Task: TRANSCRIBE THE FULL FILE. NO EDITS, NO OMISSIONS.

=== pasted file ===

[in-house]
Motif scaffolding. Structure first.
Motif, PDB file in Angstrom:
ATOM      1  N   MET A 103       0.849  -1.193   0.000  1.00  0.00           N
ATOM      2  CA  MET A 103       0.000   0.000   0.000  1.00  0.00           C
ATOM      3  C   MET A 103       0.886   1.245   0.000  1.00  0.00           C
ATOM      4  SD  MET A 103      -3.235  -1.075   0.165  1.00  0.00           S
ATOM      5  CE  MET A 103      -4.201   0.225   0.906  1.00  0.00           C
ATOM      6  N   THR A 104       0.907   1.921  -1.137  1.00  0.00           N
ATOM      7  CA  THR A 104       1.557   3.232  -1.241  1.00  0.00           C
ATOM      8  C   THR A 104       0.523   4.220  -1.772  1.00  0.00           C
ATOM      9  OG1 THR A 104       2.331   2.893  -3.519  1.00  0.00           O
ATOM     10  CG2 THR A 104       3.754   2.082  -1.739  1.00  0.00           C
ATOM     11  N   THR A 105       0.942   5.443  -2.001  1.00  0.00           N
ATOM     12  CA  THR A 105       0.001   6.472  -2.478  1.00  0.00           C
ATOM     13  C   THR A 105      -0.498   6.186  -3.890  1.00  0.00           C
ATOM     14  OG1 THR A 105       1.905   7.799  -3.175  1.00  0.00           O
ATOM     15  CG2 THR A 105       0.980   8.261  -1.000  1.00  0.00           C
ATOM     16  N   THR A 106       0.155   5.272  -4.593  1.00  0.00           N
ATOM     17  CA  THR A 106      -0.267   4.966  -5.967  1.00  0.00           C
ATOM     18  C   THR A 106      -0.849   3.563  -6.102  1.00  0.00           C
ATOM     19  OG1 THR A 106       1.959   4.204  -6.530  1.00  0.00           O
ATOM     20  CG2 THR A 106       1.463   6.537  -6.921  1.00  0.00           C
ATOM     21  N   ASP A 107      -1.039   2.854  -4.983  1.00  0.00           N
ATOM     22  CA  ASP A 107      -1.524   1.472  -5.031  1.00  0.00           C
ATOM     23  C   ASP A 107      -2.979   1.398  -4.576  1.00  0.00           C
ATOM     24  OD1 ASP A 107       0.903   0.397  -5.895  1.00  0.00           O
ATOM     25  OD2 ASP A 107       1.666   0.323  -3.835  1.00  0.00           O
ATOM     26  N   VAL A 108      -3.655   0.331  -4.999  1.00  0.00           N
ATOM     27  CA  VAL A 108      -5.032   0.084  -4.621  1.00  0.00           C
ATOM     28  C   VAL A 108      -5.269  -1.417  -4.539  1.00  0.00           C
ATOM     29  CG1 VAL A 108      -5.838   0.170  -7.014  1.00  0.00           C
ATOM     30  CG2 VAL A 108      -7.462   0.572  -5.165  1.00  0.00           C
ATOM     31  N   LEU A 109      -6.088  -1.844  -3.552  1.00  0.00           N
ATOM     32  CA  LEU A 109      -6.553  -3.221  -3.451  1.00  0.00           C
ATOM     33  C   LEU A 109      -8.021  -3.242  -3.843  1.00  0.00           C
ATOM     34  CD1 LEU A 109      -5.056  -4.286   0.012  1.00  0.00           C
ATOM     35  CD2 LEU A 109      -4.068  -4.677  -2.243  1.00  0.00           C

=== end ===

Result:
[in-house]
Motif scaffolding. Structure first.
Motif, PDB file in Angstrom:
ATOM      1  N   MET A 103       0.849  -1.193   0.000  1.00  0.00           N
ATOM      2  CA  MET A 103       0.000   0.000   0.000  1.00  0.00           C
ATOM      3  C   MET A 103       0.886   1.245   0.000  1.00  0.00           C
ATOM      4  SD  MET A 103      -3.235  -1.075   0.165  1.00  0.00           S
ATOM      5  CE  MET A 103      -4.201   0.225   0.906  1.00  0.00           C
ATOM      6  N   THR A 104       0.907   1.921  -1.137  1.00  0.00           N
ATOM      7  CA  THR A 104       1.557   3.232  -1.241  1.00  0.00           C
ATOM      8  C   THR A 104       0.523   4.220  -1.772  1.00  0.00           C
ATOM      9  OG1 THR A 104       2.331   2.893  -3.519  1.00  0.00           O
ATOM     10  CG2 THR A 104       3.754   2.082  -1.739  1.00  0.00           C
ATOM     11  N   THR A 105       0.942   5.443  -2.001  1.00  0.00           N
ATOM     12  CA  THR A 105       0.001   6.472  -2.478  1.00  0.00           C
ATOM     13  C   THR A 105      -0.498   6.186  -3.890  1.00  0.00           C
ATOM     14  OG1 THR A 105       1.905   7.799  -3.175  1.00  0.00           O
ATOM     15  CG2 THR A 105       0.980   8.261  -1.000  1.00  0.00           C
ATOM     16  N   THR A 106       0.155   5.272  -4.593  1.00  0.00           N
ATOM     17  CA  THR A 106      -0.267   4.966  -5.967  1.00  0.00           C
ATOM     18  C   THR A 106      -0.849   3.563  -6.102  1.00  0.00           C
ATOM     19  OG1 THR A 106       1.959   4.204  -6.530  1.00  0.00           O
ATOM     20  CG2 THR A 106       1.463   6.537  -6.921  1.00  0.00           C
ATOM     21  N   ASP A 107      -1.039   2.854  -4.983  1.00  0.00           N
ATOM     22  CA  ASP A 107      -1.524   1.472  -5.031  1.00  0.00           C
ATOM     23  C   ASP A 107      -2.979   1.398  -4.576  1.00  0.00           C
ATOM     24  OD1 ASP A 107       0.903   0.397  -5.895  1.00  0.00           O
ATOM     25  OD2 ASP A 107       1.666   0.323  -3.835  1.00  0.00           O
ATOM     26  N   VAL A 108      -3.655   0.331  -4.999  1.00  0.00           N
ATOM     27  CA  VAL A 108      -5.032   0.084  -4.621  1.00  0.00           C
ATOM     28  C   VAL A 108      -5.269  -1.417  -4.539  1.00  0.00           C
ATOM     29  CG1 VAL A 108      -5.838   0.170  -7.014  1.00  0.00           C
ATOM     30  CG2 VAL A 108      -7.462   0.572  -5.165  1.00  0.00           C
ATOM     31  N   LEU A 109      -6.088  -1.844  -3.552  1.00  0.00           N
ATOM     32  CA  LEU A 109      -6.553  -3.221  -3.451  1.00  0.00           C
ATOM     33  C   LEU A 109      -8.021  -3.242  -3.843  1.00  0.00           C
ATOM     34  CD1 LEU A 109      -5.056  -4.286   0.012  1.00  0.00           C
ATOM     35  CD2 LEU A 109      -4.068  -4.677  -2.243  1.00  0.00           C